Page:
For his first sermon at the
new church Tom Richter wanted to do his best and seeing people whispering to
one another while he spoke didn’t exactly evoke feelings of confidence. Not
until after the service did he realize they were not being rude, but were
translating for family members.
“That’s when it hit me – we
aren’t in Kentucky anymore,” Richter said.
Richter first left his small
Kentucky town when a campus minister at Murray State University advised him to
“step out of the bubble” for seminary. He went to Princeton Theological
Seminary in New Jersey and because New York City was only one hour by train and
visiting the city was the “cool thing to do,” Richter did.
By the time seminary was
over, Richter had his fill of the northeast and was ready to go back to
Then he met the pastor of a
church near Atlanta, Ga., who asked him to consider leading their church plant
in Jamaica, Queens.
“I told him he was crazy,” Richter said. But he went to see
and never forgot what he saw, nor what he heard.
“When you walk through my neighborhood you don’t just hear a
little Spanish here and there. You hear countless languages,” he said.
For seven years Richter has
lived in Queens and pastored New Hope Christian Church. The church, like its
community, is diverse. His wife is a first grade teacher and one year the 26
students in her classroom represented 26 different nations.
“No two children were from the same country and not one child
could say he had a grandparent born on U.S. soil,” Richter said.
Richter’s associate pastor
grew up Hindu and married a woman who grew up Greek Orthodox. Both are now
believers in Jesus Christ. The church is so diverse Richter joked that they
considered changing the name to “New Hope Jewish and Gentile followers together
of the Jewish Messiah Jesus Church. But who could afford the signage?” he said.
Being a church of great
diversity means “no one is going to be completely comfortable with every kind
of worship style,” Richter said. “And I as the pastor am often the least
comfortable. If it were up to me we’d have hymns and an old organ.” He knows
some people may not come to New Hope because of choices they make, such as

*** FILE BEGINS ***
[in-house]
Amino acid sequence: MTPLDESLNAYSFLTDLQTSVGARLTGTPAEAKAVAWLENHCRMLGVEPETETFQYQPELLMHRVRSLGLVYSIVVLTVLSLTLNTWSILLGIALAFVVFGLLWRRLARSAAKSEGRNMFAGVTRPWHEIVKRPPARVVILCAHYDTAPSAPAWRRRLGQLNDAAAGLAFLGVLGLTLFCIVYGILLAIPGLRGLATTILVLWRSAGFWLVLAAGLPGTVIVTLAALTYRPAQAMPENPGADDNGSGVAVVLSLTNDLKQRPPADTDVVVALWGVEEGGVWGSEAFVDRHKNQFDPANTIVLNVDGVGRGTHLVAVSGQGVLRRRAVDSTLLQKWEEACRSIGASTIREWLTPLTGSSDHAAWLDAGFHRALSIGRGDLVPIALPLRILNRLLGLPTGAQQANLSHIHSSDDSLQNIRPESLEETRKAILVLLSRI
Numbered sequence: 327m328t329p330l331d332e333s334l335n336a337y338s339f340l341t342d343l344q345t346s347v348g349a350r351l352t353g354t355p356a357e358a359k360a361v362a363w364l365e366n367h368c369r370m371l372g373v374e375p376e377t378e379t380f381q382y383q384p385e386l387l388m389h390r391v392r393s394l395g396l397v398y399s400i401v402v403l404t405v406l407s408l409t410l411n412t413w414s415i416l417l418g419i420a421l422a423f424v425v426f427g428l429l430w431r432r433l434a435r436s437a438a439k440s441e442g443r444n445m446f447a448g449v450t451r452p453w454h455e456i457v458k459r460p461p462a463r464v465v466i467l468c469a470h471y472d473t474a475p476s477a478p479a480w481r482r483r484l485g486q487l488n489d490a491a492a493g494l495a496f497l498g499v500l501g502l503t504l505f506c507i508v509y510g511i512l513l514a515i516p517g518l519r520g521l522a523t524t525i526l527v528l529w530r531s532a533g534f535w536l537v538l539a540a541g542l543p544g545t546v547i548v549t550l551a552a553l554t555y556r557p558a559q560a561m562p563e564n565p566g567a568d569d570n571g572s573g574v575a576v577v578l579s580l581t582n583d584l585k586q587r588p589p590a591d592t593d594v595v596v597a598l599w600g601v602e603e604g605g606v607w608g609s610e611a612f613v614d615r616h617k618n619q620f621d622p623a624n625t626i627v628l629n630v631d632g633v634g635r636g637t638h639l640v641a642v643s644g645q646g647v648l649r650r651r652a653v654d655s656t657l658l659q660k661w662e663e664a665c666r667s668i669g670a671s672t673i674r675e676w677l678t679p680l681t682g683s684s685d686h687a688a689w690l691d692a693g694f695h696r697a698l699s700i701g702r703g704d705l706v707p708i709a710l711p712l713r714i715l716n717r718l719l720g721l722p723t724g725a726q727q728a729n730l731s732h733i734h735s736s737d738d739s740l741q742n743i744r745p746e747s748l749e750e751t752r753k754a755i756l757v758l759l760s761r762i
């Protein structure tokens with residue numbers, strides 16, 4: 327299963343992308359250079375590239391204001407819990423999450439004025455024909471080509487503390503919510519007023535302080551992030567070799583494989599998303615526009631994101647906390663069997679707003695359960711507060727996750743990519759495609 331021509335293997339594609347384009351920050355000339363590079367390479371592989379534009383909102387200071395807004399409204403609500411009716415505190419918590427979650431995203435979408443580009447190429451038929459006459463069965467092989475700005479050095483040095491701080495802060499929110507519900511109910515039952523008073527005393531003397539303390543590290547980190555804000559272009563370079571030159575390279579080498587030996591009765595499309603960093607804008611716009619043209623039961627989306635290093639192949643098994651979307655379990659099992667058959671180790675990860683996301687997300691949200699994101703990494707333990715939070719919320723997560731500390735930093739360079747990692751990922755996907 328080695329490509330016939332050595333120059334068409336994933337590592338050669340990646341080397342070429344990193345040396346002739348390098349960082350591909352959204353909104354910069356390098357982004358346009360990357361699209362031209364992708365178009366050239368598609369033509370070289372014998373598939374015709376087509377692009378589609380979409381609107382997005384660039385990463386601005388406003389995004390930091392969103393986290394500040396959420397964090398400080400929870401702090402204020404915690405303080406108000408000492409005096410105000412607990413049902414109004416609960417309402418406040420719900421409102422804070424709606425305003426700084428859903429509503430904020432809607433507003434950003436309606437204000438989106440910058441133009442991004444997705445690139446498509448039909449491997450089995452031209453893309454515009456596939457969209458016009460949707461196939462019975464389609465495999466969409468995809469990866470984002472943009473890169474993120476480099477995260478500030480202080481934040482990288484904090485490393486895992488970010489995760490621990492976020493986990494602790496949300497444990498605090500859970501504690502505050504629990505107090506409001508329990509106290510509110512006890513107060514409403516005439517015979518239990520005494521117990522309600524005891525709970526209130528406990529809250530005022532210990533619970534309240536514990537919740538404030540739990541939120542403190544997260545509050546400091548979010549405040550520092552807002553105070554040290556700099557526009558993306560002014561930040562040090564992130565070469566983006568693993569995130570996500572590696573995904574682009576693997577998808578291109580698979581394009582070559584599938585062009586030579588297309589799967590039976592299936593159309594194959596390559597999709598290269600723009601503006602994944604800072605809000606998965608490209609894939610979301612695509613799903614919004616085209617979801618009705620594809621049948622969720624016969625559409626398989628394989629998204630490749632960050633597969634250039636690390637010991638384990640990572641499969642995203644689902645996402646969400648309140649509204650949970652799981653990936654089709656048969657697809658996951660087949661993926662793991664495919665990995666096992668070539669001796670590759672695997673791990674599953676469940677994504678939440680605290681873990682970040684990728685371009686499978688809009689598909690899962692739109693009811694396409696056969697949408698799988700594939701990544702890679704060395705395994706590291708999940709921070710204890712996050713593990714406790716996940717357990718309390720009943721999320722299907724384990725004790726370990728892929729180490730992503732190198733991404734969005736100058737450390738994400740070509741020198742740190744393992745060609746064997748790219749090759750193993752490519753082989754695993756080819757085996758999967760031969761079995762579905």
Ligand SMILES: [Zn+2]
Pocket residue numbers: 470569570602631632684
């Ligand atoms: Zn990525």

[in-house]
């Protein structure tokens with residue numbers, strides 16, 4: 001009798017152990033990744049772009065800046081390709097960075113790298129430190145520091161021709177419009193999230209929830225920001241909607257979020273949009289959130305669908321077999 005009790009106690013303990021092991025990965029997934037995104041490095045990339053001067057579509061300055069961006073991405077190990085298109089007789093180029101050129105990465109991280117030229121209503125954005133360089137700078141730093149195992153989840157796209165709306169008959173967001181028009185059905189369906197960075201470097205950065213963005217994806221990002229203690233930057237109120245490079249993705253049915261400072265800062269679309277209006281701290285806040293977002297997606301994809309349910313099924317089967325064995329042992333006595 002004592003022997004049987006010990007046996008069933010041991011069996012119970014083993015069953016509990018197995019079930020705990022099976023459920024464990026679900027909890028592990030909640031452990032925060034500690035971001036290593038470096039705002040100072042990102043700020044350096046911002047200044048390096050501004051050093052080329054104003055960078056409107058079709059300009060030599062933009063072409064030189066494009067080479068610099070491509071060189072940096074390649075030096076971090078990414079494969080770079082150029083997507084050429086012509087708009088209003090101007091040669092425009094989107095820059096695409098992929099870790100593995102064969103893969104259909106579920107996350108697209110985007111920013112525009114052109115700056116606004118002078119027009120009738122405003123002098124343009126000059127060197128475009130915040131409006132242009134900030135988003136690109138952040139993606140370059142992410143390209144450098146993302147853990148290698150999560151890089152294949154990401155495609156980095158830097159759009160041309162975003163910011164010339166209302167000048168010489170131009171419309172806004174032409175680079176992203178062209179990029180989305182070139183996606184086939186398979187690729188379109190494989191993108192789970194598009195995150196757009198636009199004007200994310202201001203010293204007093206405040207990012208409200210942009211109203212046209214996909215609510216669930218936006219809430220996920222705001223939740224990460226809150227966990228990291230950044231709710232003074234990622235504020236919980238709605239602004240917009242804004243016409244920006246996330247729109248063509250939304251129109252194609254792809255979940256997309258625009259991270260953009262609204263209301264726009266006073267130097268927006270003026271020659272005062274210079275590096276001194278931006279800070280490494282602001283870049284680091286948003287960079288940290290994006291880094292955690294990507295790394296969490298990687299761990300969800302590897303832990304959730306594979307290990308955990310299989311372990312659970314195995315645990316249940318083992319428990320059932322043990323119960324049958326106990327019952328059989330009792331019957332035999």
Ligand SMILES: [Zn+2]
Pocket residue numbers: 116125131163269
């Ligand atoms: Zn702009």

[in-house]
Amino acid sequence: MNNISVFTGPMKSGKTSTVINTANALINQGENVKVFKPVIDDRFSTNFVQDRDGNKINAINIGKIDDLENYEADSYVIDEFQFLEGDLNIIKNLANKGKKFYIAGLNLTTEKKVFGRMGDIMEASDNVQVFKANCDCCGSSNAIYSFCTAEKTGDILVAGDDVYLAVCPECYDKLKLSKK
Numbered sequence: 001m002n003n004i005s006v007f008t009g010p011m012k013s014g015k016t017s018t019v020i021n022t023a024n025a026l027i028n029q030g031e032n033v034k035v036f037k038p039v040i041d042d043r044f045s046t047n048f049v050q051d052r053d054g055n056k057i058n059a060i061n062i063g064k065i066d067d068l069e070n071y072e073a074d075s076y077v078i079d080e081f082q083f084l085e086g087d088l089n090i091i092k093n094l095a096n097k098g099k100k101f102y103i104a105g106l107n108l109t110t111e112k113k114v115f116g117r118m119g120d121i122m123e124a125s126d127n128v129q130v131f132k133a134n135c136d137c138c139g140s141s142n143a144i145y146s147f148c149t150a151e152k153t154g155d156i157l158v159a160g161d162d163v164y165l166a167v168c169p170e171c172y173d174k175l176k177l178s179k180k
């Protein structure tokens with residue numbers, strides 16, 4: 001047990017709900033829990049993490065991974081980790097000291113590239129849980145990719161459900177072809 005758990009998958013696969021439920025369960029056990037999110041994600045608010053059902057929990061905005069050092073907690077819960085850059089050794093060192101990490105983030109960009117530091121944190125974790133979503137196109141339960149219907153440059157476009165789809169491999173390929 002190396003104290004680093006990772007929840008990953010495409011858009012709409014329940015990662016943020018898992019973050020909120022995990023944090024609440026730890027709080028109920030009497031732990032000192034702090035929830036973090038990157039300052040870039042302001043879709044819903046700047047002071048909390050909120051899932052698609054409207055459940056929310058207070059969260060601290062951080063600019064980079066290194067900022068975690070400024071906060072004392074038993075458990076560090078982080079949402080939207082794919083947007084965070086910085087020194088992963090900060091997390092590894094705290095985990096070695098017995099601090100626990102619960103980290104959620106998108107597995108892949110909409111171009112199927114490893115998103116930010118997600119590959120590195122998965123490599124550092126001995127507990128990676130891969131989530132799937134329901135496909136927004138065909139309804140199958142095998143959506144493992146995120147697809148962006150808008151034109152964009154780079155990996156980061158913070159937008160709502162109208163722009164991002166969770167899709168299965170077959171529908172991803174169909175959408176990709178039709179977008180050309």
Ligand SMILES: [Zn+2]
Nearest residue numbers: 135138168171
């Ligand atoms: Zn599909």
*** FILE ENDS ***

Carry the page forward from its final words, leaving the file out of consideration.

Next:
music style, but that is not what really matters. “The gospel is the point.
That’s what transcends,” he said.
New Hope meets Sundays at 6
p.m. in a Lutheran church. The Lutheran congregation meets Sunday mornings and
New Hope rents the building Sunday, Tuesday and Friday nights. Before that they
rented space in a YMCA, storefront and Chinese church. “It’s pretty common for
churches to meet in and use the space of another church,” Richter said.
Living in Queens and being
among the nations means living among religions of the nations. Almost overnight
Richter has seen entire neighborhoods go from Catholic to Muslim. Evangelism
among Muslims is one of the greatest needs for his community. “I’m not sure
everyone gets the urgency,” he said. “This is not 50 years away from Raleigh.
This is not five years away. This is here.”
Evangelism is only going to
happen when the church owns its responsibility to the Great Commission.
“I don’t think the
attraction model will work in our neighborhood,” Richter said. “That really
doesn’t impress someone if they’re coming from another cultural background. The
only way to do it is for each church member to take seriously their circle of
To equip his congregation
for this task, Richter takes discipleship seriously. “No program has ever made
a disciple,” he said. What does work is “the Holy Spirit working in the lives
of people as people pour into people.”
In his seven years serving
in New York City Richter has learned to rely on God’s provision and to stop
praying for things that “work God out of the equation.” Instead of praying for
his daily bread, Richter often found himself praying for a huge budget so the
daily bread would no longer be needed. Now, this pastor has learned that God
provides when he prays for daily bread.
Richter said his purpose in
being at New Hope is to continually point the church to the Head of the Body.
Their vision is clear: “Love the Lord your God with all your heart and with all
your soul and with all your mind” and “love your neighbor as yourself.”
Native son prays for change